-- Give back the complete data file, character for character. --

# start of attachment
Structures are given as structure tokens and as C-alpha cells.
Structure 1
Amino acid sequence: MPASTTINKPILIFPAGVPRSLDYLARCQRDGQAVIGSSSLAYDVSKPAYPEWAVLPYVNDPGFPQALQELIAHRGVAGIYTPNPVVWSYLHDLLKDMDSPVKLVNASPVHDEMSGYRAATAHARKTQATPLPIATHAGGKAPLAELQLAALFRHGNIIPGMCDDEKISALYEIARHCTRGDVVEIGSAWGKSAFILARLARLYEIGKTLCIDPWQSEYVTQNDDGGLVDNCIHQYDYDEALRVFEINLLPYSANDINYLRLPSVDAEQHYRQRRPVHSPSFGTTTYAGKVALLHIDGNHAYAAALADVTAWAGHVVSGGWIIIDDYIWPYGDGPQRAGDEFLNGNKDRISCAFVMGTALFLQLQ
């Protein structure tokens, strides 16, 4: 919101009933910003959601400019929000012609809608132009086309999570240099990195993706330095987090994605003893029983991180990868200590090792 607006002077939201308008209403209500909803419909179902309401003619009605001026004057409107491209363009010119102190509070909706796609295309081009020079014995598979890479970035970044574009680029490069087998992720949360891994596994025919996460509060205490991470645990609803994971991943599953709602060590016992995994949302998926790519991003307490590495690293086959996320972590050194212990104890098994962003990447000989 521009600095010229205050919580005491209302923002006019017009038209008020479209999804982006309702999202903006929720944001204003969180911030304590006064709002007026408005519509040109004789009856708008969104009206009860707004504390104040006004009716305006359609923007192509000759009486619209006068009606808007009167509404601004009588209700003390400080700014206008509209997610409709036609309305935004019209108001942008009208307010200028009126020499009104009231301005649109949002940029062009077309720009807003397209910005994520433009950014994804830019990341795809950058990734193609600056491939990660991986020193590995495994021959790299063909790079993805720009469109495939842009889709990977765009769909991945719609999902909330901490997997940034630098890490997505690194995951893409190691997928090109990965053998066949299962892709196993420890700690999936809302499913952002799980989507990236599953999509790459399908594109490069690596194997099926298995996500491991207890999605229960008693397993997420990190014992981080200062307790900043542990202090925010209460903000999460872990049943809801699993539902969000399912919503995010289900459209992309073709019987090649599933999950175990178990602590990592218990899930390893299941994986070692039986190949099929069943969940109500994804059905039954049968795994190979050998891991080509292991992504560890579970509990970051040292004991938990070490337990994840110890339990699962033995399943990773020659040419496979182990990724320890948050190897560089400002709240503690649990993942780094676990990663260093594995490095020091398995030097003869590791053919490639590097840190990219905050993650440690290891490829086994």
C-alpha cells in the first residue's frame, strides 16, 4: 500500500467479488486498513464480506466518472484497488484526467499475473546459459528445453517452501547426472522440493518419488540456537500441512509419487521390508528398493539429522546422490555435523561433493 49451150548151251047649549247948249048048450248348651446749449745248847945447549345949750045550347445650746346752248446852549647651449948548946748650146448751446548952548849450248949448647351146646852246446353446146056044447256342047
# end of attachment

Structures are given as structure tokens and as C-alpha cells.
Structure 1
Amino acid sequence: MPASTTINKPILIFPAGVPRSLDYLARCQRDGQAVIGSSSLAYDVSKPAYPEWAVLPYVNDPGFPQALQELIAHRGVAGIYTPNPVVWSYLHDLLKDMDSPVKLVNASPVHDEMSGYRAATAHARKTQATPLPIATHAGGKAPLAELQLAALFRHGNIIPGMCDDEKISALYEIARHCTRGDVVEIGSAWGKSAFILARLARLYEIGKTLCIDPWQSEYVTQNDDGGLVDNCIHQYDYDEALRVFEINLLPYSANDINYLRLPSVDAEQHYRQRRPVHSPSFGTTTYAGKVALLHIDGNHAYAAALADVTAWAGHVVSGGWIIIDDYIWPYGDGPQRAGDEFLNGNKDRISCAFVMGTALFLQLQ
């Protein structure tokens, strides 16, 4: 919101009933910003959601400019929000012609809608132009086309999570240099990195993706330095987090994605003893029983991180990868200590090792 607006002077939201308008209403209500909803419909179902309401003619009605001026004057409107491209363009010119102190509070909706796609295309081009020079014995598979890479970035970044574009680029490069087998992720949360891994596994025919996460509060205490991470645990609803994971991943599953709602060590016992995994949302998926790519991003307490590495690293086959996320972590050194212990104890098994962003990447000989 521009600095010229205050919580005491209302923002006019017009038209008020479209999804982006309702999202903006929720944001204003969180911030304590006064709002007026408005519509040109004789009856708008969104009206009860707004504390104040006004009716305006359609923007192509000759009486619209006068009606808007009167509404601004009588209700003390400080700014206008509209997610409709036609309305935004019209108001942008009208307010200028009126020499009104009231301005649109949002940029062009077309720009807003397209910005994520433009950014994804830019990341795809950058990734193609600056491939990660991986020193590995495994021959790299063909790079993805720009469109495939842009889709990977765009769909991945719609999902909330901490997997940034630098890490997505690194995951893409190691997928090109990965053998066949299962892709196993420890700690999936809302499913952002799980989507990236599953999509790459399908594109490069690596194997099926298995996500491991207890999605229960008693397993997420990190014992981080200062307790900043542990202090925010209460903000999460872990049943809801699993539902969000399912919503995010289900459209992309073709019987090649599933999950175990178990602590990592218990899930390893299941994986070692039986190949099929069943969940109500994804059905039954049968795994190979050998891991080509292991992504560890579970509990970051040292004991938990070490337990994840110890339990699962033995399943990773020659040419496979182990990724320890948050190897560089400002709240503690649990993942780094676990990663260093594995490095020091398995030097003869590791053919490639590097840190990219905050993650440690290891490829086994």
C-alpha cells in the first residue's frame, strides 16, 4: 500500500467479488486498513464480506466518472484497488484526467499475473546459459528445453517452501547426472522440493518419488540456537500441512509419487521390508528398493539429522546422490555435523561433493 49451150548151251047649549247948249048048450248348651446749449745248847945447549345949750045550347445650746346752248446852549647651449948548946748650146448751446548952548849450248949448647351146646852246446353446146056044447256342047